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FAQ page to answer any questions you may have.

Questions & Answers

You Have Questions & We Have Answers

If your question was not answered below, please contact us at

Where Do I Start?

Start with contacting a fabricator. A fabricator is the person who will pick up or take delivery of slabs, cut, finish and install the slabs. If you do not know who your fabricator is and you are working with a contractor, interior designer or a kitchen and bath showroom most likely they have an established relationship with a fabricator that they have used in the past and trust. Your fabricator will measure (template) discuss seam layout, quantity of slabs needed, edge detail and budget pricing.

Do I Need To Bring Anything Before The Visit?

Not at all! However, we strongly suggest bringing in a sample of of your room that you are wanting to install the stone. This can be a part of cabinet, flooring, backsplash, etc, This way you can have a better idea on selecting your favorite stone.

How Do I Find Fabricator?

No worries! You can simply Google "Countertop Installers Near Me" or ask our representatives for recommendations around your area. 

Are Marbles Scratch Resistant?

Marble is quite durable but it can scratch because it is softer than granite and other stones. You don’t want to use knives on it. Your counter could scratch and the stone can dull your knife’s edge. Even banging a heavy pot against the edge of a marble countertop in the kitchen could cause chipping or scratching. This is why people tend to prefer marble for bathrooms, offices, or fireplace surrounds where they won’t get as much wear and tear.

Do I Get Pricing From JJ Granite?

We are the distributor and we supply the material to the fabricators! Your fabricator will give you a complete price including material/fabrication and installation.

Do I Need a Fabricator Before I Come In And Select My Stone?

Depends on what phase of your project you are in. If you are still in the decide or design phase we encourage you to come down to JJ Granite at your convenience to get design and color ideas.

Will Quartz Countertops Stain?

The hard surface of Quartz is non-porous and very resistant to staining, even better than marble. Quartz countertop can resist oil, coffee, wine, juice and most other common kitchen spills. It is not 100% stain resistant though and is susceptible to stains from solvents, sodium hydroxide, and permanent markers.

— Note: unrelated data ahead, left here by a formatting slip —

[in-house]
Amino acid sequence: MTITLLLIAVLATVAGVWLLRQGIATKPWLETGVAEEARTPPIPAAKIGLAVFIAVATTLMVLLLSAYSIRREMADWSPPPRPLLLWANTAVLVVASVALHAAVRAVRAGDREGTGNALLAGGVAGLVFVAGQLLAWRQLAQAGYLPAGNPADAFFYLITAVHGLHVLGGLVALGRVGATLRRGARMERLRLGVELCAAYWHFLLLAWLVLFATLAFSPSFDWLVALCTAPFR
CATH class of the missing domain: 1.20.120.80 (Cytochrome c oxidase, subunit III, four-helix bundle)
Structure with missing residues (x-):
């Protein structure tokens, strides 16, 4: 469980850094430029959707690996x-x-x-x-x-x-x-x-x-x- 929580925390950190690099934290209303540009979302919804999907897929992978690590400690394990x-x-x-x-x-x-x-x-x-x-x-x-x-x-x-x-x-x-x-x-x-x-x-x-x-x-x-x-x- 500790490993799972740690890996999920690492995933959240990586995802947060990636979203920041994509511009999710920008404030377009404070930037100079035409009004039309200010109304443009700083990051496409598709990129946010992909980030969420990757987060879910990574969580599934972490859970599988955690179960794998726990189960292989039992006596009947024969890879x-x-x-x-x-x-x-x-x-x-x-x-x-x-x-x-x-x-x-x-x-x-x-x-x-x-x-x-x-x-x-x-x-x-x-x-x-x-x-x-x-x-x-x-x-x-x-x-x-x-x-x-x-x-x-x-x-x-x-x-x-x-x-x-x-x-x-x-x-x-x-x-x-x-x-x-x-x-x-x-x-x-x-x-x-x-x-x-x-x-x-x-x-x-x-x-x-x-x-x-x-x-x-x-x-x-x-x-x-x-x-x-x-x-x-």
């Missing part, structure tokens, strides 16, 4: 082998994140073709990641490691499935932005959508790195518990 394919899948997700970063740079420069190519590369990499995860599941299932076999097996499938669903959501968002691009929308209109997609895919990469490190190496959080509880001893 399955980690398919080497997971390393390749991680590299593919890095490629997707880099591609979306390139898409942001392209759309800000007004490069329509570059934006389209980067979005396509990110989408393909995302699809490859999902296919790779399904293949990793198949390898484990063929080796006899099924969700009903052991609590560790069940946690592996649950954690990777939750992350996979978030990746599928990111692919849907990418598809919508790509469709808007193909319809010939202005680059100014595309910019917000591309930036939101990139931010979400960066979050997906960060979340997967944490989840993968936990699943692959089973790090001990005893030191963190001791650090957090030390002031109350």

What Is The Difference Between Marble And Granite?

Both marble and granite are natural stones with incredible beauty and durability that add a lot of value to your home. Both are rather pricey and require sealing to protect from staining from water or other liquids. Marble is porous and can be stained by liquids or etched from contact with acids. Granite is harder than marble and less likely to scratch or chip. Granite is generally less expensive than marble and lower maintenance.

How Will I Know What The Price Will Be For All The Different Materials?

If possible, get budget pricing from your fabricator. If you do not have a fabricator it not a problem. We have a grouping list ranked from 1 to 6.

Is Granite Durable?

Yes! Granite is one of the most durable surfaces you will find. Unlike other man made surfaces, Granite is extremely resistant to heat, so hot pans will not be a problem for granite! 

Does Marble Stain?

Marble is porous. This means it can absorb water and other liquids into tiny holes in its surface. An application of marble sealer every year or every few months to keep damaging liquids out of the stone. If you put a few drops of water on your marble and they sink in, your marble is not sealed well enough. Liquids should bead on top, otherwise you may experience staining.

What Is The Difference Between Marble And Dolomite?

Dolomite will be able to endure more wear-and-tear than most Marbles. Less likely to etch, scratch, or stain, Dolomite can be an excellent option for high-risk areas like your kitchen or bathroom, while still boasting that refined Marble look.

A marble countertop will be at a higher risk of scratching, staining, or etching than many other stone options. Before you panic and abandon your dreams of a beautiful white Marble countertop, rest assured that it’s not nearly as bad as it sounds. While Marble is softer and more porous than other Natural Stones, it’s still just that — a stone. So long as you keep up with prompt cleaning and regular sealing, you’ll be able to enjoy your beautiful Marble countertop for many, many years to come.


Whether you are looking for granite, marble, quartz, or quartzite, we have the stone surfaces that you need to improve a residential or commercial space. Click the link below to peruse our wide collection of globally-sourced stone surfaces.

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